Legacy Acquisition Corp., a blank check company led by former Procter & Gamble Co. executives and private equity veterans who aim to acquire a consumer-oriented company, listed shares Friday after raising $300 million through an initial public offering.
Forever 21 customers who swiped their payment cards between March and October at certain retail locations that weren’t using encryption and tokenization methods that the company rolled out two years ago may have had their personal information compromised in a recently discovered data breach, the apparel retailer said Tuesday.
A California federal judge on Thursday preliminarily approved a deal settling putative class claims for 8,313 car dealership customers accusing the business and its marketer of violating the Telephone Consumer Protection Act, an agreement reached after the case was revived based on a recent Ninth Circuit ruling.
The owner of a former food distribution company has been sentenced by a federal judge to three years behind bars for swindling three restaurant groups out of millions of dollars, the U.S. Attorney’s Office for the District of Connecticut announced Thursday.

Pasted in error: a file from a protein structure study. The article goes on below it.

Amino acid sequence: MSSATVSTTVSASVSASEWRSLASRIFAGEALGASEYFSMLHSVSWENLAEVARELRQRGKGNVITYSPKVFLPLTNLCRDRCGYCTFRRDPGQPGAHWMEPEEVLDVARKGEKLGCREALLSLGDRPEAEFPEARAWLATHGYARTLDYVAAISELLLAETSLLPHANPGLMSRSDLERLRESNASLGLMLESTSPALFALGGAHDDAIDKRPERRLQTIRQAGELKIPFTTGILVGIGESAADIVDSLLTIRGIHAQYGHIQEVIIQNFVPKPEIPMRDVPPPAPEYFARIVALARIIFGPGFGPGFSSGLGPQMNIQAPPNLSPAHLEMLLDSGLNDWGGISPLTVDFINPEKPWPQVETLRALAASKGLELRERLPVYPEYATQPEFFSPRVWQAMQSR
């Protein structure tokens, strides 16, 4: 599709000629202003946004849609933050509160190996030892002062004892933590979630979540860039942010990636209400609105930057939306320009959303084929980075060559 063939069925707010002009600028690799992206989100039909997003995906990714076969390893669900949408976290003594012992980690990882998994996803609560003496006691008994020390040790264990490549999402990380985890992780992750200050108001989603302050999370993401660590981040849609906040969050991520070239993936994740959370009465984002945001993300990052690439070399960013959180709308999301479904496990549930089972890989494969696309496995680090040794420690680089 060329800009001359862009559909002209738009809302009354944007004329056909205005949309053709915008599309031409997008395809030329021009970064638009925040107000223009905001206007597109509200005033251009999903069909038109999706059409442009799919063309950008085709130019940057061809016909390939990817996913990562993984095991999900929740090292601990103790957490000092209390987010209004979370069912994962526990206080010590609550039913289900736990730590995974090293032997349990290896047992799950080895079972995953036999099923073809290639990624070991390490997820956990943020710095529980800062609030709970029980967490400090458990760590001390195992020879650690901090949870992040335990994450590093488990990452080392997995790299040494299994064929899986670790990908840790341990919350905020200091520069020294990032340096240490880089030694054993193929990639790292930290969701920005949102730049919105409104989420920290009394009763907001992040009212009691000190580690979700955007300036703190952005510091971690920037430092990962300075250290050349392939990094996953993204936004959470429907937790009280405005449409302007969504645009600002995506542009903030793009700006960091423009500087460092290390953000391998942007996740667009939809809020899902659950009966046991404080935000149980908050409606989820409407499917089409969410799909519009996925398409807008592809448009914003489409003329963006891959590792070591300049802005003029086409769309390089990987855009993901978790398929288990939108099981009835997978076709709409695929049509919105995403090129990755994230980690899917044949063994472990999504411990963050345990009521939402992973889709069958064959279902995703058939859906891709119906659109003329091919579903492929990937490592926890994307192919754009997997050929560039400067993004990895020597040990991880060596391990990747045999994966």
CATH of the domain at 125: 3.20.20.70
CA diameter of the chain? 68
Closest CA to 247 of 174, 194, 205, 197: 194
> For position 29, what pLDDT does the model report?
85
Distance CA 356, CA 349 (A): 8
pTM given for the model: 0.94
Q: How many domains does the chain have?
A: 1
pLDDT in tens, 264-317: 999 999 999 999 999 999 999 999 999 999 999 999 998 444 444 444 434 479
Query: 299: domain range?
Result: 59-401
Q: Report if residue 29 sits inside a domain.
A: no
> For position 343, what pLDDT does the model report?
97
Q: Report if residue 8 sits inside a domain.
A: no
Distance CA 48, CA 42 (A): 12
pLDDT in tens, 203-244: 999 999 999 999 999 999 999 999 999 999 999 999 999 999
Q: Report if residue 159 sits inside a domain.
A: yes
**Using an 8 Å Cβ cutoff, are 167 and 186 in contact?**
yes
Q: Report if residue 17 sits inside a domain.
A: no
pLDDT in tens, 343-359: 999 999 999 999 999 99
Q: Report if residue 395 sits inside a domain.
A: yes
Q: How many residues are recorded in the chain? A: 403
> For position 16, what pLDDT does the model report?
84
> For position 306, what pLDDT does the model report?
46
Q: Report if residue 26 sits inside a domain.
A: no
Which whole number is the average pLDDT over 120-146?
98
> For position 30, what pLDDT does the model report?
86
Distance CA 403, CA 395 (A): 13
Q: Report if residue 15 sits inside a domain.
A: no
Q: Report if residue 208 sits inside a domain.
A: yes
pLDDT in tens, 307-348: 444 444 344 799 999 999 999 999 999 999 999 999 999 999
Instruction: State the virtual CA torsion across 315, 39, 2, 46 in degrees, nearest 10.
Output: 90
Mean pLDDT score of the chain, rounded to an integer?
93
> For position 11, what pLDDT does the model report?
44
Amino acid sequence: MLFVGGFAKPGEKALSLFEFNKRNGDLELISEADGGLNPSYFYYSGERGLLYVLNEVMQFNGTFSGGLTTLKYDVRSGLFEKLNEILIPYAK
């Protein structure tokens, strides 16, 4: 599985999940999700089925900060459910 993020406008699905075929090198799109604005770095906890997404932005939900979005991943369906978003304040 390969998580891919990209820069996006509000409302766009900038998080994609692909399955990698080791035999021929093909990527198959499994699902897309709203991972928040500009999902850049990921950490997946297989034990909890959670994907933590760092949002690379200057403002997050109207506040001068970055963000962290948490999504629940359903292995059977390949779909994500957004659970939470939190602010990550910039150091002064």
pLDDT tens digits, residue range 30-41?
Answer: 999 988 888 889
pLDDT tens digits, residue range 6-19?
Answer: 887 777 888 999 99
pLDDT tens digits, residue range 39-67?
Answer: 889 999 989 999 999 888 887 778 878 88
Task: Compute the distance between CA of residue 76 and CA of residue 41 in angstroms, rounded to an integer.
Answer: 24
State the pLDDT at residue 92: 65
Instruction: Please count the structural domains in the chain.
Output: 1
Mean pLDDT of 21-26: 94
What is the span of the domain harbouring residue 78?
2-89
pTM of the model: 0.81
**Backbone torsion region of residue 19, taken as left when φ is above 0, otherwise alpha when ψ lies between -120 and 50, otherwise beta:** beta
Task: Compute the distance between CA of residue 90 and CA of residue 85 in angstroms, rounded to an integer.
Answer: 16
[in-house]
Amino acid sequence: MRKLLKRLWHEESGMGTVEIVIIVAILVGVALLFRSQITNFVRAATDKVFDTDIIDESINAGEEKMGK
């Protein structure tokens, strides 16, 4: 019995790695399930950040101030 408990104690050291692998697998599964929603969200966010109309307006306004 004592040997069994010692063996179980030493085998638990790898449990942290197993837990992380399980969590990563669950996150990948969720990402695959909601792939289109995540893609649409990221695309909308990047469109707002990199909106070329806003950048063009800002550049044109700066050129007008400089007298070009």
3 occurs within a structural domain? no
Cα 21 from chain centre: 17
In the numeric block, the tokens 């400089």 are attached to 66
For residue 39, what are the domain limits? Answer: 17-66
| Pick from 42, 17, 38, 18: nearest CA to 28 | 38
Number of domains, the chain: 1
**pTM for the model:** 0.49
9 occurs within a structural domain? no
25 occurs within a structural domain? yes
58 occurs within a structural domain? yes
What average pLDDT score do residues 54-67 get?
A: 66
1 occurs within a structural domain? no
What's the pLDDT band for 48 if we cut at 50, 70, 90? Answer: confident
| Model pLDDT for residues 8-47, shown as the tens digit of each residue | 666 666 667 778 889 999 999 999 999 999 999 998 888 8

Financial Crisis Anniversary
After nearly a decade of recession-accelerated change in the legal industry, “merit-based” compensation has largely come to mean measuring attorney success using some combination of origination and working attorney hours metrics. However, there are signs that the real impact of the recession is still around the corner, and that building a book isn’t enough, says Peter Zeughauser of Zeughauser Group.
While it lends more than $100 million each year to our nation’s college students — including law students — the U.S. Department of Education surprisingly limits loan counseling to one-time entrance counseling for first-time student borrowers. Is this rational? asks Christopher Chapman, president of AccessLex Institute, a nonprofit focused on access to legal education.
Many class actions have been filed against major retailers challenging the selling of products made only for an outlet or factory store, without disclosing them as such. But the California Court of Appeal recently upheld the lawfulness of this practice. The ruling may portend more courts taking a hard look at such claims, says Jay Ramsey of Sheppard Mullin Richter & Hampton LLP.